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James Burton: The Teen Who Invented American Guitar

Ace Records

What were you doing when you were 16?

When he was 16, James Burton was inventing the American guitar. He'd been born in Dubberly, La., in 1939, and was apparently self-taught on his instrument. At 15, he cut a single backing local singer Carol Williams, and then one day he came up with a guitar riff that he liked. He took it to a singer from Shreveport he was touring with, and they worked out a song to use in his act. One thing led to another, and it wound up on a record called "Suzie Q," credited to Dale Hawkins, the singer.

This led to a regular gig on the Louisiana Hayride radio show, which, in turn, led to Burton's joining the band of Bob Luman, a rockabilly and country singer who made some great records, due, of course, to having a great guitarist.

Luman found himself in Hollywood to make a film called Carnival Rock, and one night at a show Luman was playing, the Collins Kids, Larry and Lorrie, were there, as was Lorrie's new boyfriend, Ricky Nelson, who was a television star thanks to his parents' sitcom The Adventures of Ozzie and Harriet. Ricky had recently had a hit record, and had signed a deal with Imperial Records. Seeing a kid his own age who could play that well, he immediately offered James a place in his own band, and each week, Ozzie and Harriet signed off with Ricky doing one of his latest records. James Burton was there, making it look easy.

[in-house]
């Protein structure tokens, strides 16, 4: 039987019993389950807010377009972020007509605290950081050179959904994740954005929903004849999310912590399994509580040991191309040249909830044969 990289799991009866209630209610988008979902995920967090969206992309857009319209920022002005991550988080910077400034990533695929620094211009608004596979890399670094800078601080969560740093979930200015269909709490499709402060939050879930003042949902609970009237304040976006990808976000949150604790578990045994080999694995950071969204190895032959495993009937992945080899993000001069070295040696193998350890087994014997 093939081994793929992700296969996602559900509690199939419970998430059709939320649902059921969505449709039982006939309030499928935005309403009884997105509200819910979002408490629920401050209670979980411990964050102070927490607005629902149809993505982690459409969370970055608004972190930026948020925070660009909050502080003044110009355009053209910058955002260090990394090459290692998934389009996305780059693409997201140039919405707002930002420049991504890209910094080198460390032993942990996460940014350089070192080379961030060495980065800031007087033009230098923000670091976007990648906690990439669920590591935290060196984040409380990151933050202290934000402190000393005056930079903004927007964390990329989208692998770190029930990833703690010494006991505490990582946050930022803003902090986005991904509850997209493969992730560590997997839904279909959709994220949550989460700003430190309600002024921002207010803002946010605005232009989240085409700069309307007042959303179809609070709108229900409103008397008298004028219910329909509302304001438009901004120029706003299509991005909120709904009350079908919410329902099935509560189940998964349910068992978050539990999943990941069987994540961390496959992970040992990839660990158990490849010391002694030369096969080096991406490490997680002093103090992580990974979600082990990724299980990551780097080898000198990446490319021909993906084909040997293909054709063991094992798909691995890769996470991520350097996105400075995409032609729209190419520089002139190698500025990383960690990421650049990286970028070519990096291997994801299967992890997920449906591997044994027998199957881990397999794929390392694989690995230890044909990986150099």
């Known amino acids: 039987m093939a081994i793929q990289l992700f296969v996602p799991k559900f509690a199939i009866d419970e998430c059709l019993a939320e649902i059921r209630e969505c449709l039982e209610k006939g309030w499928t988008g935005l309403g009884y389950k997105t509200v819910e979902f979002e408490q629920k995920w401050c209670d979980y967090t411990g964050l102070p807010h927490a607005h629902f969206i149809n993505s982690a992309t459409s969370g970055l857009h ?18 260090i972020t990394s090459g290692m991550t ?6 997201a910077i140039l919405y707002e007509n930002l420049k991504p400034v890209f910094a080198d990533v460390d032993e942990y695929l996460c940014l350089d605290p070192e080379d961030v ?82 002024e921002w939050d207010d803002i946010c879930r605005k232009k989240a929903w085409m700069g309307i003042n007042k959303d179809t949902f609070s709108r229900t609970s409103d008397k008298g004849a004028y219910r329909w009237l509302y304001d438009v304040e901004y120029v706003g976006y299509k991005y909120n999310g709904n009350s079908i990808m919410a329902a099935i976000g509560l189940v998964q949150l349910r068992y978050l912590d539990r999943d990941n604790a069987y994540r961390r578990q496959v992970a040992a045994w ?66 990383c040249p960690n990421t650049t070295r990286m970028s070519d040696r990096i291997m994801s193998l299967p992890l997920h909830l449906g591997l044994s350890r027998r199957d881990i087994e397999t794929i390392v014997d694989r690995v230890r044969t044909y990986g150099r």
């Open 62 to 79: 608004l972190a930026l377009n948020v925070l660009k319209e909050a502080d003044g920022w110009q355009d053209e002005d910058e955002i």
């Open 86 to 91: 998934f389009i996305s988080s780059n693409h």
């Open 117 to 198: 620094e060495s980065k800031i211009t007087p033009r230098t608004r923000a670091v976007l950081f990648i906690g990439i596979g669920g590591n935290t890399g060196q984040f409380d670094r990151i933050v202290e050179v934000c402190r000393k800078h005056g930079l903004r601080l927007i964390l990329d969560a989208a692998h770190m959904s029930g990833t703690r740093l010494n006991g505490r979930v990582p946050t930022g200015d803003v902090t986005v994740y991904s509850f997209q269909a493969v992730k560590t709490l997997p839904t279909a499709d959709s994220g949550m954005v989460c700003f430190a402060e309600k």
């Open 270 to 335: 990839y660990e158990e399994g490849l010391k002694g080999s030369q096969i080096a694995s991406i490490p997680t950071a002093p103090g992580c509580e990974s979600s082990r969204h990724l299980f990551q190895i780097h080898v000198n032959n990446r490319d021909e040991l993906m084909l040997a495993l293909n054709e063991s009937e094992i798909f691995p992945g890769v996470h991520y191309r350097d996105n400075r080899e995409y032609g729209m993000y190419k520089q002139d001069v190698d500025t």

Working with Nelson solidified Burton's place in the Hollywood rock 'n' roll universe, and he started getting called for sessions. There were hundreds of them, and neither he nor anyone else remembers all of them, but by the early '60s, he was a busy guy.

The obscure "Tryin' to be Someone" by David and Lee, from 1962, shows Burton as one of the pioneers of a stinging, one-string solo technique that was soon to make Bakersfield country music famous, although in this case, he's backing up David Gates and Leon Russell, who would make an entirely different kind of music.

Shortly after this, British TV producer Jack Goode decided America needed a British-style rock and roll television show, and launched Shindig! It never really caught on, but James Burton was asked to assemble the band. The Shindogs, as they were known, featured Glen D. Hardin on piano, Joey Cooper on rhythm guitar and vocals, Chuck Blackwell on drums and Delaney Bramlett on bass.

They left behind a single for Warner Bros that wasn't particularly inspired, but showed the genesis of a Los Angeles sound which would grow in the next couple of years, as would the L.A. rock scene. And although he was by then a member of the Strangers, the band fronted by rising country star Merle Haggard, Burton was called in to play dobro on A Child's Claim to Fame, one of the more impressive albums to come out of the Sunset Strip.

Playing with Haggard was surely fun, but before long, his former Shindog pianist Glen Hardin approached him to see if he'd like to work in another band, fronted by a singer named Elvis Presley. James Burton said yes, but that's a story for another time. He was, however, inducted into the Rock and Roll Hall of Fame in 2001, by another guitarist named Keith Richards, and he's still playing.

Copyright 2021 Fresh Air. To see more, visit Fresh Air.

Ed Ward is the rock-and-roll historian on NPR's Fresh Air with Terry Gross.